Some great Irish bands and old indie hour friends playing at the picnic this year to check out:
Simple Kid 19:45 – 20:45 Crawdaddy stage
Super Extra Bonus Party 12 noon – 1pm Bodytonic arena
Channel One 1:00 – 1:30 Electric Arena (pictured above)
The Jimmy Cake 1:00 – 1:30 Foggy Notions
Jenny Lindfors 3pm Body and Soul Area
Fionn Regan 5:15 – 6:00 Crawdaddy Stage
Dublin Gospel Choir 12:00 – 12:30 Main Stage
Fight Like Apes 12:30 – 1:00 Electric Arena
The Warlords of Pez 12:15 – 12:45 Crawdaddy Stage
Halves 12:30 – 1:00 Trends Lab
The Blood Red Mountain Band 23:00…. Village Hall
The only annoying thing is there’s a lot of clashing. And I don’t mean in a nu-rave type way. Let me know if you see any boo-boos in the times above.
I don’t know about you but I think I might try to tag along with Nialler…
God dammit. My flatmate has been playing Peter Gabriel’s Solsbury Hill over, and over, and over for the last week. It’s because it’s his girlfriend’s favourite song, and she lives in England. So it’s quite sweet, as he’s playing it because he misses her – I just wish it wasn’t Peter Gabriel. Gagh. Please hurry up and move to Dublin, bananna!
We had a rather rich tapestry of music on the indie hour last Thursday night. We had been scheduled to have Ilya K on the show with us, but the lads’ drummer broke his collarbone over the weekend, thus bringing them to cancel all of their up-coming Dublin shows – apart from their HWCH slot – and we figured it might be better to have them in for a chat once they’d gotten over the temporary loss of a band member!
Through the fault of a malfunctioning myspace message, I only found out about the cancellation at 10pm on Wednesday night. And so it was to my mobile phone to see who I might be able to round up for an interview at such short notice.
I got to the Cs in my phonebook and came across Cormac Curran – keyboardist of The Maladies – and remembered that One Day International were due for an invite on to the indie hour. Within half an hour, I’d confirmed with Cormac and Matt Lunson that the band would be able to come down to the show the following evening, and thus my broadcasting ass had been saved.
One Day International was an exciting project to hear about, as I have a huge amount of respect for the individuals who make up the group. Matt Lunson’s 2006 album Miss Vaughan still remains one of my favourite albums, and Cormac has always wooed audiences with his piano talents and (shamefully under-used) vocal ability. Teaming up with Danny Snow on bass, the supremely talented Eimear O’Grady on cello and Ross Turner – perhaps one of the best drummers in Dublin? – the group have been letting themselves mature in the studio and rehearsal rooms, before having a gig debut at the upcoming Hard Working Class Heroes festival this year.
The band came down to the studio and played three rather gorgeous tracks for us – I was disappointed that we couldn’t have more time with them actually, but there was a lot of music to get through! We started the show with The Jimmy Cake’s The Opposite of Addiction from their album Dublin Gone Everybody Dead, as they made a very welcome return to the live circuit after a brief hiatus by playing Crawdaddy the same night as the show (otherwise I would have been there) as well as next weekend’s (yay!) Electric Picnic. We also heard LPX’s Heartbeats and Knife Attacks from his mini-album Experiments in Dub and Hi-Fi, released on Saturday in the Boom Boom Room. Nialler9 recommended the blinking brilliant Fix Up Cognac by Sixfoot Apprentice, a mash-up of Milanese’s Caramel Cognac and Dizzee Rascal’s Fix Up Look Sharp.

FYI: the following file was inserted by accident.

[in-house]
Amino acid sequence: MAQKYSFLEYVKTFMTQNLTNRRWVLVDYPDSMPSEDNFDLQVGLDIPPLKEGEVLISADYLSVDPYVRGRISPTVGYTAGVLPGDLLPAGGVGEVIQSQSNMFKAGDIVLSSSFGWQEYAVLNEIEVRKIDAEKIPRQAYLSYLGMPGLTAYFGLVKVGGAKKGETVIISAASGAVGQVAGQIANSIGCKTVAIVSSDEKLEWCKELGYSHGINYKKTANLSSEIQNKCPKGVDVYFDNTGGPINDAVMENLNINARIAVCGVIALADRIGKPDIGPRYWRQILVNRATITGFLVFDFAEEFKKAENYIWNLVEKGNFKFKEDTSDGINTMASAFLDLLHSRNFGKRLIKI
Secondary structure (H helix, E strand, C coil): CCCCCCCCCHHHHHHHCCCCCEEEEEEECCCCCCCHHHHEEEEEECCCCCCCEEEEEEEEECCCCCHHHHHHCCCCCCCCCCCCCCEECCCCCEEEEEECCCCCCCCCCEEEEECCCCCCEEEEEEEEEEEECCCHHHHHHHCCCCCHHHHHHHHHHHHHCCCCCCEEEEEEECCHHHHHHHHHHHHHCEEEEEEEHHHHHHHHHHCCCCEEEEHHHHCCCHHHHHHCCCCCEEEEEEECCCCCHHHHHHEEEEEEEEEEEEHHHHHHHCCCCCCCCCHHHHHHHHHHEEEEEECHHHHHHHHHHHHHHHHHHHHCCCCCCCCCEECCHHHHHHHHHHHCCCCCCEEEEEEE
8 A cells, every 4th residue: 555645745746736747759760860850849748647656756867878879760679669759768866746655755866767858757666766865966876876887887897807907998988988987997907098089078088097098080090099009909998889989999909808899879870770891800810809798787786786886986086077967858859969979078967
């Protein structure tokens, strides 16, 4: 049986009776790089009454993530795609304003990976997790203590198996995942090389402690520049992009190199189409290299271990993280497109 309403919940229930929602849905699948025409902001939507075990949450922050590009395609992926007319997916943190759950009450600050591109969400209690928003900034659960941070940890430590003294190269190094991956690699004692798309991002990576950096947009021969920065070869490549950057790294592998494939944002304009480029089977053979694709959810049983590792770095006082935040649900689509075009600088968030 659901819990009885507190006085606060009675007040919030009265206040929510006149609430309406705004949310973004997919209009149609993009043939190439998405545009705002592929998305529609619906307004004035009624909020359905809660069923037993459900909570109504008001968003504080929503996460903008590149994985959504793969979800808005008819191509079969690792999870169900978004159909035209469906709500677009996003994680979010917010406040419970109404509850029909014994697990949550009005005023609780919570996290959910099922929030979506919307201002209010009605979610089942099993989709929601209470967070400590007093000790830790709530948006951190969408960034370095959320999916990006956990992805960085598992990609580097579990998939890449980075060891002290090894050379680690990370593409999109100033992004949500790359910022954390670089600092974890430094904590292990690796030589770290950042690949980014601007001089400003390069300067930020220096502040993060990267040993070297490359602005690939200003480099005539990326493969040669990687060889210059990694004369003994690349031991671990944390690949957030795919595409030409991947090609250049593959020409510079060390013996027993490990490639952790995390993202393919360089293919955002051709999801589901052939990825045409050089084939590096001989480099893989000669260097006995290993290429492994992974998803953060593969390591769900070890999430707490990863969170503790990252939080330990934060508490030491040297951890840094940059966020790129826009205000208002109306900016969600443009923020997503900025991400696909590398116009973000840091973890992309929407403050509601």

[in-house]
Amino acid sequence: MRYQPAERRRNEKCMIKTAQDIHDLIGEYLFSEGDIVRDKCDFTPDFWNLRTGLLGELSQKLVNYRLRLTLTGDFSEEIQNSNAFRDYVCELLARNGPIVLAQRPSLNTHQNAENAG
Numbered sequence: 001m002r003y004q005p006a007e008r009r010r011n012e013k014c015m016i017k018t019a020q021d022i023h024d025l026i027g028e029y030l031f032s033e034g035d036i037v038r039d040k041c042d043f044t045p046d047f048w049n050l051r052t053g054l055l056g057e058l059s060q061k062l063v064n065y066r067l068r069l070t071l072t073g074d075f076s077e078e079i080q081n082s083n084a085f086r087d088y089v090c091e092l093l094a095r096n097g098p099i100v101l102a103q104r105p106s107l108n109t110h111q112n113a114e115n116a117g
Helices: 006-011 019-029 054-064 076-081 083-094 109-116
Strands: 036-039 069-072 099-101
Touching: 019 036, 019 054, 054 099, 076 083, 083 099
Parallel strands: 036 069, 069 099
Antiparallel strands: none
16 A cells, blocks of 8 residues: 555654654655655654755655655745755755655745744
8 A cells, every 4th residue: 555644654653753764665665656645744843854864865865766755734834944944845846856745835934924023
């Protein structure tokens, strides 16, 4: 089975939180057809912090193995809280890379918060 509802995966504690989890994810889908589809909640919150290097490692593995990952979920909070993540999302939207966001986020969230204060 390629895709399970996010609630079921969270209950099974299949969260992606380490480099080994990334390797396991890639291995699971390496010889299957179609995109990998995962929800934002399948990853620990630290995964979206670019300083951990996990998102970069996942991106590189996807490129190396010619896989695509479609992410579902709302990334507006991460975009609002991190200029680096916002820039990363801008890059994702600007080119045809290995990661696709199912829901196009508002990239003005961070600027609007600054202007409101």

We also spoke to Creator about the gig in The Village, supporting Kid 606 alongside Herv. Brought to us by Fire At Night Promotions, the gig was perhaps not as healthily attended as it could have been – it was up against the mighty Battles in Tripod after all. Kid 606 wasn’t as exciting and engaging as he was the last time I saw him, but there were plenty of good moments, and the support from Creator and Herv was more than complimentary to the set up the evening. Fire At Night are due to be bringing more gigs to a venue near you soon, so keep an eye out for them.
Check out this month’s Nialler9 podcast, now available for download. It’s an electric picnic special, and hopefully it’ll be of use to some of you festival goers, although I don’t think anyone needs any encouragement in the way of getting excited about the favourite weekend of the year for most!
Until then, here’s last week’s show – enjoy.
Remember you can also reach us live on the wonderful web through our live streaming.
Gaggh, pre-picnic giddiness!
Super Extra Bonus Party will be playing the Bodytonic tent down in Stradbally at 12 noon to one pm on Saturday. Bright and early in Bodytonic so! Congrats to the boys, they’ll be sure to wake us up and help us dance away the hangover. I’m psyched!
I am starting to get that kid-before-christmas style excitement about the picnic. Myself and Nialler are working on the August Nialler9 podcast, which is to be an Electric Picnic special, and I’d say it’ll be up on Nialler9 by Monday.
Last Thursday’s show with the lovely people of One Day International will be up on the blog shortly.
Sorry, got a bit carried away with the competition title.